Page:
OSHA Budget: Talk to your Representatives While They’re Home

Now is the time for all good activists to come to the aid of working people.

Funding for the Federal Government runs out on April 28.  This means that before that date, if we are to avoid a government shutdown, the Senate and the House of Representatives will have to pass — and the President will have to sign — a new bill funding the government through the rest of Fiscal Year 2017.  FY 17 ends on September 30. So far, for FY 17, the government has been running on a Continuing Resolution (CR) — agencies are pretty much working off of the same budget that they had last year.

We previously discussed the President’s “Skinny Budget” proposal for FY 2018, which begins on October 1. But there are a number of important OSHA programs that are at risk right now, through the rest of FY 17, and only you can save these programs. The good news is that Congress is heading out of town next week for their two-week State Work Periods. That means they want to hear from you, their constituents, about what you think is important. If they are brave enough, they will even hold public meetings.  There are obviously a lot of important issues that Congress is dealing with right now (the fate of our democracy, the fate of the earth, etc.) — all the more reason why the voices defending worker safety need to be heard loud and clear. Congress must act on the FY 17 budget as soon as they get back, so the next two weeks are critical.

What are the issues and what are the messages?

Background

It’s hard to tell what they are thinking on the Hill right now. They have to move fast on the FY 17 budget when they come back or risk a government shut down and the Republicans can’t pass a budget without some Democratic support.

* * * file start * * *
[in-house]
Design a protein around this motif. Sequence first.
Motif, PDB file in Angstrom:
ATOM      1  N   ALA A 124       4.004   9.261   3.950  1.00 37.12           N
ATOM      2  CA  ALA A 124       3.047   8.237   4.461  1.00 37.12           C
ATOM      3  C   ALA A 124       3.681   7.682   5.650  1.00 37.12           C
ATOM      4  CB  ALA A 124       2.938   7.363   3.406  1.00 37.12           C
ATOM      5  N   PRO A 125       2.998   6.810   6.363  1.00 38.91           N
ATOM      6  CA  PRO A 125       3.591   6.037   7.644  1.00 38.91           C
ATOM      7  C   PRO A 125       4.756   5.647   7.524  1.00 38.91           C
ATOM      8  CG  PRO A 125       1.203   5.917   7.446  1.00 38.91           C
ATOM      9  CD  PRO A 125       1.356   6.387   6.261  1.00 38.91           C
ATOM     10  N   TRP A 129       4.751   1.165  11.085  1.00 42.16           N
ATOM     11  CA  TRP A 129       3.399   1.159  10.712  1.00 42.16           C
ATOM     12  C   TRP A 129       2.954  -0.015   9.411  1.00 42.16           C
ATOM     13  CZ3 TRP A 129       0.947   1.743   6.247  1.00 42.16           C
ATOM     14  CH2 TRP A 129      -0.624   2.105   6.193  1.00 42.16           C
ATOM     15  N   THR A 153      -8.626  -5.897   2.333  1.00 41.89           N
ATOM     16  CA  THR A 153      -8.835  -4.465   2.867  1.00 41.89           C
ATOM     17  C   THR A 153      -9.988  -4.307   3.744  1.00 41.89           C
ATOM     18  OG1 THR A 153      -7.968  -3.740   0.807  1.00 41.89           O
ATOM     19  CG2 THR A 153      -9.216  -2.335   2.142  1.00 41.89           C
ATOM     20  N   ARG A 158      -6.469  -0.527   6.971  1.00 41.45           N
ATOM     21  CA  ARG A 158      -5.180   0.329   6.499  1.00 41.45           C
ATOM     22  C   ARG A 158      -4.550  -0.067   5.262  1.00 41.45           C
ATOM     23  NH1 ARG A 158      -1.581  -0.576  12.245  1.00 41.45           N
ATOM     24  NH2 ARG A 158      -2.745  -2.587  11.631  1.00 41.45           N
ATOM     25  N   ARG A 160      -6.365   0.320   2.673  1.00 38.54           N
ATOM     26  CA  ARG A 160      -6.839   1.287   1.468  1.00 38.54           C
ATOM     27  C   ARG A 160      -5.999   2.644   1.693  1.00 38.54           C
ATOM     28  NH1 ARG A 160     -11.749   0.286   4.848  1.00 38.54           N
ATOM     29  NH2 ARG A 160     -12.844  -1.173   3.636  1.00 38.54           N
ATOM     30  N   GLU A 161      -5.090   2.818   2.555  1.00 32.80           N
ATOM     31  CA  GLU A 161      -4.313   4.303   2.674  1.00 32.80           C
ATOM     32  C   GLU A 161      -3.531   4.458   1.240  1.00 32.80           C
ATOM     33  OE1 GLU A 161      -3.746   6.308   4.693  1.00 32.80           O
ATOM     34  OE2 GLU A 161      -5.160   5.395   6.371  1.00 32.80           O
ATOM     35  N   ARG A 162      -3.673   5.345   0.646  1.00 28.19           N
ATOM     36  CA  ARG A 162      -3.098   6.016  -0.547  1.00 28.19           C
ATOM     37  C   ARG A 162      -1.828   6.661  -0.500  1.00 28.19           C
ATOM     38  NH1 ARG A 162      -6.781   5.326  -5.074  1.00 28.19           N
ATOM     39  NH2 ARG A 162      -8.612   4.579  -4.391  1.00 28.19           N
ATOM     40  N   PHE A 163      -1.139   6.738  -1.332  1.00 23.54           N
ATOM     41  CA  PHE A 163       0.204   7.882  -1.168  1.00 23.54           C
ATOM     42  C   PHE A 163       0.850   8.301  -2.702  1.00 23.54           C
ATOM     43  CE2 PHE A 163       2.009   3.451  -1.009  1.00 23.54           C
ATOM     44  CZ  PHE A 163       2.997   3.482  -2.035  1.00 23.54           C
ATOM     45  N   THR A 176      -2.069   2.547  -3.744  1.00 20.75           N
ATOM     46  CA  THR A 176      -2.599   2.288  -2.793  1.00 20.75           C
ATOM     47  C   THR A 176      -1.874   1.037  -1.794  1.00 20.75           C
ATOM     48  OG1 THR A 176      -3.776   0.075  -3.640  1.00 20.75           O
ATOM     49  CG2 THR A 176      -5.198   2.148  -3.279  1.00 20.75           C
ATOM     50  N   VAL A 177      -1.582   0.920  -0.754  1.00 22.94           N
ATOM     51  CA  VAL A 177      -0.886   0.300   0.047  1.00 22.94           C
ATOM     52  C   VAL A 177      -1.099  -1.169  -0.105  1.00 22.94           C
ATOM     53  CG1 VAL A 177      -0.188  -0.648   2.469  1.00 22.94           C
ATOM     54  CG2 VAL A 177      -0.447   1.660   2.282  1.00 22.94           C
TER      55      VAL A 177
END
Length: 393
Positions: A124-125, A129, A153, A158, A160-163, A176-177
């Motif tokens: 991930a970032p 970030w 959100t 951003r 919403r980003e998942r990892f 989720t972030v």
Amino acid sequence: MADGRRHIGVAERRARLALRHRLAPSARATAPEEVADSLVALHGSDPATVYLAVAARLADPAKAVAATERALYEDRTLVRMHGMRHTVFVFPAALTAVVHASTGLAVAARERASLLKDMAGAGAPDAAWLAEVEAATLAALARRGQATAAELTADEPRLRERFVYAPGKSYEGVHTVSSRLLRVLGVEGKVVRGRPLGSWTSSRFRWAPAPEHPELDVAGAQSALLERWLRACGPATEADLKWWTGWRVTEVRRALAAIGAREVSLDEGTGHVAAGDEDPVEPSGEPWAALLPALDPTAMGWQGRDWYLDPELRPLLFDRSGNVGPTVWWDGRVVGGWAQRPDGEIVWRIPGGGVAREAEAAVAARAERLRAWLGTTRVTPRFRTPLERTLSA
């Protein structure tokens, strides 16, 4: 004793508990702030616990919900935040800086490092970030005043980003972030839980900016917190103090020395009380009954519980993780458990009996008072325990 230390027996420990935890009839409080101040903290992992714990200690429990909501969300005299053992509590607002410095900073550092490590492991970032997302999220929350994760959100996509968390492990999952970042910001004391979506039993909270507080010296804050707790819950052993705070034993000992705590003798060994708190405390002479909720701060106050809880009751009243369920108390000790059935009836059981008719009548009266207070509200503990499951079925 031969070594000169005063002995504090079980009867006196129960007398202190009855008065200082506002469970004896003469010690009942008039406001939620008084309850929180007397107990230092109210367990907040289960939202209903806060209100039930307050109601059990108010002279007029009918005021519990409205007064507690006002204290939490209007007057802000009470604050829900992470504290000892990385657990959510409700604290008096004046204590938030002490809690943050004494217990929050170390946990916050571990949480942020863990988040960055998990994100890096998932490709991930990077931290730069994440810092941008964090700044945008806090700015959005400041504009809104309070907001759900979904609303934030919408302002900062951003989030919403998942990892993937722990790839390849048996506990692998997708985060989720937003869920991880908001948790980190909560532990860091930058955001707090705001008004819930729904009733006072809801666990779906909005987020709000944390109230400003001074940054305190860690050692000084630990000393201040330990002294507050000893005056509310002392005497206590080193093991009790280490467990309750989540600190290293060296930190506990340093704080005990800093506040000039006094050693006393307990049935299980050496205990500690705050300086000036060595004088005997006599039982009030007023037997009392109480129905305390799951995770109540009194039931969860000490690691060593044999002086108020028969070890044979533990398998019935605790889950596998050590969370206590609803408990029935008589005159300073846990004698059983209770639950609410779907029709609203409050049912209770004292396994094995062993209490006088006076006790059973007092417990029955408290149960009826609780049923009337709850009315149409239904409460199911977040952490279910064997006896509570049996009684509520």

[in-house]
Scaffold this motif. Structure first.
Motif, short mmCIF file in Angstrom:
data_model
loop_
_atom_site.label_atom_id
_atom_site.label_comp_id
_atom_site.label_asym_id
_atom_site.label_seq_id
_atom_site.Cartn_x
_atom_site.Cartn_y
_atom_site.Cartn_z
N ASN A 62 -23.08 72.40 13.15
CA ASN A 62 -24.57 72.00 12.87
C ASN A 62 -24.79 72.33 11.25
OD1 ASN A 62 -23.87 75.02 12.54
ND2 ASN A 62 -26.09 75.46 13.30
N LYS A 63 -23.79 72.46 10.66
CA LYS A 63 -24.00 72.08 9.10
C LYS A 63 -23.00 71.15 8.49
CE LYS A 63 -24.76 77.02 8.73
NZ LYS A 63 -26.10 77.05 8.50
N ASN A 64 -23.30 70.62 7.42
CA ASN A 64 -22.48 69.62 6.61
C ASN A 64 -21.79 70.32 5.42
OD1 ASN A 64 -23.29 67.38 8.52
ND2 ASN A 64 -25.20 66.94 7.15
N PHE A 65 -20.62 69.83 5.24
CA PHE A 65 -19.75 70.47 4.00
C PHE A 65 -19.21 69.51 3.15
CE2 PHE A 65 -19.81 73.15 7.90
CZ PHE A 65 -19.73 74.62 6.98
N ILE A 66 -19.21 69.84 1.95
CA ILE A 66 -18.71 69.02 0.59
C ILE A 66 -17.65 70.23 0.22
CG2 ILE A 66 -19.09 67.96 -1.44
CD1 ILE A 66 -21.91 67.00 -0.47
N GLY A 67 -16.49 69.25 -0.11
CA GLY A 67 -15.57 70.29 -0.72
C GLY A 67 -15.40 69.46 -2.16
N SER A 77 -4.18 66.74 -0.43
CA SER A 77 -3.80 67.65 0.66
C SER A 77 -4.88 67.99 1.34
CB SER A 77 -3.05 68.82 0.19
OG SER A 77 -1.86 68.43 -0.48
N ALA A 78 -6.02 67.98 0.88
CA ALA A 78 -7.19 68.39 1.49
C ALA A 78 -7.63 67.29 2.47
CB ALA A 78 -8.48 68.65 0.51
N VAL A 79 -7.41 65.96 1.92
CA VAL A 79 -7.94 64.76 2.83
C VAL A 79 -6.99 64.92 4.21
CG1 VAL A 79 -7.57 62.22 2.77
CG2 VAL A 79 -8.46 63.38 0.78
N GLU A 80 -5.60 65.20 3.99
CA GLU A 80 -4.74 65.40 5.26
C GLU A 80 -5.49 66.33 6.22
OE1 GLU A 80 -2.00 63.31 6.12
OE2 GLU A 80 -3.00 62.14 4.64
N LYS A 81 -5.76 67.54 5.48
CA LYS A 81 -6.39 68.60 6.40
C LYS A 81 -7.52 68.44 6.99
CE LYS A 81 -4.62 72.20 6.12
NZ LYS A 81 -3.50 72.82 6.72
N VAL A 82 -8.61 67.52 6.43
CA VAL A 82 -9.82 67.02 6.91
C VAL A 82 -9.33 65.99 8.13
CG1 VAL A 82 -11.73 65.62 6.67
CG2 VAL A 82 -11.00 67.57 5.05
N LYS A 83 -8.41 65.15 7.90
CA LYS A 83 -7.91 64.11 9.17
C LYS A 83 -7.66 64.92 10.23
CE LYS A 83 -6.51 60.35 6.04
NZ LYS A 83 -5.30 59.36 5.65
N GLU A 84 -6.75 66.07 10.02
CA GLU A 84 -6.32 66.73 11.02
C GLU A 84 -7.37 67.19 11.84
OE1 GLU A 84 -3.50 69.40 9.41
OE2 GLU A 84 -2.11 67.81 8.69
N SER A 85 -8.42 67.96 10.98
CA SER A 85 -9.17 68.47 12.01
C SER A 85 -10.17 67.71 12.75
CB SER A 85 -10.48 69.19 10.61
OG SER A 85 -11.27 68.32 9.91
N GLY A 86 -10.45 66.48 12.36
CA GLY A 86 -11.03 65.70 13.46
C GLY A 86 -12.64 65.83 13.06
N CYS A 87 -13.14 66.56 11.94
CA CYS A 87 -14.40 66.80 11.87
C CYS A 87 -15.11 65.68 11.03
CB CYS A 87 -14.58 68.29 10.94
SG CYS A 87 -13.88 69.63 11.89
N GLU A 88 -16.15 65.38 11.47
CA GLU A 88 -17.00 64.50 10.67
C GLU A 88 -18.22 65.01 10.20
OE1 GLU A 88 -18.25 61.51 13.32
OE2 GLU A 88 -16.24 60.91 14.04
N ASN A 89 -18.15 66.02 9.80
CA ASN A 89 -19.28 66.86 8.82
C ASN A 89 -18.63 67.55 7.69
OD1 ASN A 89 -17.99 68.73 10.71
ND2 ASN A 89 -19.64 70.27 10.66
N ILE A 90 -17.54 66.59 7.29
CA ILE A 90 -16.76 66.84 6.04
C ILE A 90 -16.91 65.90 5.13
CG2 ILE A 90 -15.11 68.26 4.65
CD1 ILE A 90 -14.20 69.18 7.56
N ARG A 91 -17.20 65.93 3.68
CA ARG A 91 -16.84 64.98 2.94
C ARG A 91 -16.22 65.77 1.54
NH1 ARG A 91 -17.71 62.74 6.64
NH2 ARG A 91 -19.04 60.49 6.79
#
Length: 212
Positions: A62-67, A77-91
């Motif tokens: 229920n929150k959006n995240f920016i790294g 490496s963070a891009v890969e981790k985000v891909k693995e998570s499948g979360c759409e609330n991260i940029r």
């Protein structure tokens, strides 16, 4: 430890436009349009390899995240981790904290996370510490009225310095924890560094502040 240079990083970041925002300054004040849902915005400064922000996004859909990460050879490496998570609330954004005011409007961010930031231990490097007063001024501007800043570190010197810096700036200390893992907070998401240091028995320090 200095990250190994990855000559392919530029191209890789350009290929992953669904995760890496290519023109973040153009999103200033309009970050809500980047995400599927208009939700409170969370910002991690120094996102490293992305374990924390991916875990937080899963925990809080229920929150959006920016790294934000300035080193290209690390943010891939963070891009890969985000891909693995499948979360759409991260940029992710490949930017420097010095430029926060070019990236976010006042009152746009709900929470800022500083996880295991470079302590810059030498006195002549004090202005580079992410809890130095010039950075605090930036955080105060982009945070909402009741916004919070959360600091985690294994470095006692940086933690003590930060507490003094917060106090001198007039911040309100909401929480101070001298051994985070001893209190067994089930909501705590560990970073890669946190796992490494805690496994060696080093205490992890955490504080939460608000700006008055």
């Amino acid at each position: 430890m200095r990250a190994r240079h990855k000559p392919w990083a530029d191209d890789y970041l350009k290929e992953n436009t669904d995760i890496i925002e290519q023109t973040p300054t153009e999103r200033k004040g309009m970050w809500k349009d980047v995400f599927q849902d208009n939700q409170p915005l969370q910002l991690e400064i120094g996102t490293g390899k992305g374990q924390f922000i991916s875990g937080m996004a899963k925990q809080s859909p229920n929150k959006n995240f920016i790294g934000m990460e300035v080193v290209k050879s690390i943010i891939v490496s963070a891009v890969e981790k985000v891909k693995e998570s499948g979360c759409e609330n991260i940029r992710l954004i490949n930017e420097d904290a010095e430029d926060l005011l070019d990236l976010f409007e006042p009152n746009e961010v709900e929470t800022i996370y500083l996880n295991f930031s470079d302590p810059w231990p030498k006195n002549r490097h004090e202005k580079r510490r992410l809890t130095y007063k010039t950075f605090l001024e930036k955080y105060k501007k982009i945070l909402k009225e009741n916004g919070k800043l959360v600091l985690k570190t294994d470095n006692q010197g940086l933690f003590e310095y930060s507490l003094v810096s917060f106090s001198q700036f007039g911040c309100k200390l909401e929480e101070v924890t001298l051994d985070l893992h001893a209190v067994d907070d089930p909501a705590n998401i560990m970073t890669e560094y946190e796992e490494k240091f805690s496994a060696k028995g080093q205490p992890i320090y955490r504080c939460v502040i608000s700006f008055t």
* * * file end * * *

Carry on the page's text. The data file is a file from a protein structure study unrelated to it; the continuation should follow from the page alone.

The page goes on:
Budget Numbers

The White House has requested a $18 billion cut in the FY 17 budget to pay for building THE WALL and increase defense spending.   Democrats have lined up pretty solidly against funding THE WALL using 2017 money, but there are some strongly pro-defense spending Democrats.

It’s quite possible that there will be a proposal for an “across-the-board” cut in the budget — for example a percent cut on every budget item to pay for THE WALL or defense.  In terms of specific cuts, the only thing we have to go on are the FY17 proposals put forth by the Republican-controlled Senate and House Appropriations Committees last year and proposals from the Trump administration. Needless to say, they are not good.

OSHA: Lowlights in the House include complete elimination of the Harwood Grant program and a 7 percent ($15 million) cut in enforcement. The Senate, on the other hand, leaves Harwood and enforcement alone, but cuts 10 percent ($2 million) out of standards. Compliance assistance, on the other hand, receives a significant increase in both budgets.

MSHA: Both House and Senate chopped MSHA’s enforcement budget, with a draconian 11% cut in coal, as well as metal/non-metal in the House and “only” a 3% cut for both enforcement items in the Senate.  The Senate also proposes to cut MSHA’s standards program by 5%.